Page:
The brewer’s sentimental commercials seemed to trounce everyone else in the post-broadcast ad-rating competitions almost as much as the Seattle Seahawks did in its showdown with the Denver Broncos. Budweiser’s “Puppy Love” spot, depicting a bond between a Clydesdale horse and a puppy, won USA Today‘s Super Bowl Ad Meter. Budweiser Puppy Love adIt was the most-watched ad among TiVo users (the ranking includes replays among its DVR subscribers up to midnight PT). And the commercial contributed to Budweiser’s overwhelming lead in social media chatter according to ListenFirst’s Super Bowl Digital Index. It gave Bud an index score of 99.7 vs second-place Coca-Cola’s 78.4 in an analysis of activity on Facebook, Twitter, Instagram, and YouTube. Most of this year’s top-ranked spots were family friendly, a contrast to recent years when many advertisers tried to shock audiences with storylines that featured sex and flatulence. Other high rankers included Doritos’ “Cowboy Kid” (No. 2 for USAT, and No. 3 for TiVo), Doritos’ “Time Machine” (No. 4 for USAT, No. 5 for TiVo), Bud’s “Hero’s Welcome” (No. 3 at USAT), and RadioShack’s “The Phone Call” (No. 5 at USAT, No. 6 for TiVo). TiVo SVP Tara Maitra tells me that she was struck by the popularity of nostalgia, and by how many people stuck around to watch ads including “Puppy Love” that ran in the fourth quarter — when the game was already a blowout. It tells her that the Super Bowl has become “a live TV event, and people are watching it for different elements, not just the game itself.”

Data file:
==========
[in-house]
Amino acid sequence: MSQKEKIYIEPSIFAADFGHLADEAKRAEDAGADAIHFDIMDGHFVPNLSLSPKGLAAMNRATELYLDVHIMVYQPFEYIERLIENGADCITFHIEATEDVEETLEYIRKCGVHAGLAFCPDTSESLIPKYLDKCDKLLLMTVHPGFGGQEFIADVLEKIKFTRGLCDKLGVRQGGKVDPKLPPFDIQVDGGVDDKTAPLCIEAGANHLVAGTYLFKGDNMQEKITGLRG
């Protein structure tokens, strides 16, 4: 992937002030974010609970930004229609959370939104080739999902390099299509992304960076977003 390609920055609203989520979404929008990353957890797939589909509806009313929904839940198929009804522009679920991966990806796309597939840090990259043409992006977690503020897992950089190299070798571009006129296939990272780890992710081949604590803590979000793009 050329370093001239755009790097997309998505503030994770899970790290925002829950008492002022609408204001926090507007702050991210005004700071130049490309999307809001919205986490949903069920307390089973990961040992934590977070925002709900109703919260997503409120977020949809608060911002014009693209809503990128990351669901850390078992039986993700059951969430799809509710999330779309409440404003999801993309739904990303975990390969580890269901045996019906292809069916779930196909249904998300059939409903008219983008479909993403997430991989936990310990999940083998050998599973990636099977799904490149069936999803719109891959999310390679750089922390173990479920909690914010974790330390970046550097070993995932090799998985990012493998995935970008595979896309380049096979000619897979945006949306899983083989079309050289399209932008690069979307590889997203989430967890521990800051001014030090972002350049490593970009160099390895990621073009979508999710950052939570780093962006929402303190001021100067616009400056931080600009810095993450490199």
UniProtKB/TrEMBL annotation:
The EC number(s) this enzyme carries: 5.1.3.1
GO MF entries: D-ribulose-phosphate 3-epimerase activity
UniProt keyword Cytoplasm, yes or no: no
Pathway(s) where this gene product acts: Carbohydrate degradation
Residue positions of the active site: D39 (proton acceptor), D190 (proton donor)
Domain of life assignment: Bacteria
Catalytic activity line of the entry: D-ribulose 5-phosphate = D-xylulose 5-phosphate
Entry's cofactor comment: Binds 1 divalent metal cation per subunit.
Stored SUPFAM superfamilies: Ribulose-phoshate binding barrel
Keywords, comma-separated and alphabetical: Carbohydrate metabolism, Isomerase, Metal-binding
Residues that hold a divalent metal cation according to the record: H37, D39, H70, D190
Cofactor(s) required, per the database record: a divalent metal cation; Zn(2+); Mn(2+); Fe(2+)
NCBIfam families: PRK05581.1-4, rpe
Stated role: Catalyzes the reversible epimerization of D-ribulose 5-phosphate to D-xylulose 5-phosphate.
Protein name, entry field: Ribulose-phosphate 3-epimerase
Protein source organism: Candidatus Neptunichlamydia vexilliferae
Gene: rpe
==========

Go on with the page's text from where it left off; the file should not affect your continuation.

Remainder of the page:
Related: Super Bowl Ad Preview: Budweiser’s Puppy Outshining All Those Hollywood Stars

The DVR company says that Jerry Seinfeld’s “Comedians In Cars Getting Coffee” routine that aired during halftime would have been the most-watched commercial for DVR users, if it was a true paid ad. The most re-watched moment of the game was the bad snap at the beginning. But this was the fourth year in which more viewers watched (and re-watched) the halftime show, with the numbers peaking at the moment when Bruno Mars began to sing after his drum solo. The Super Bowl had 20 60-second spots, up from 14 in 2013, and Fox aired 28 promos vs 48 from CBS last year.

Related: Super Bowl: The Good, The Bad, The Ads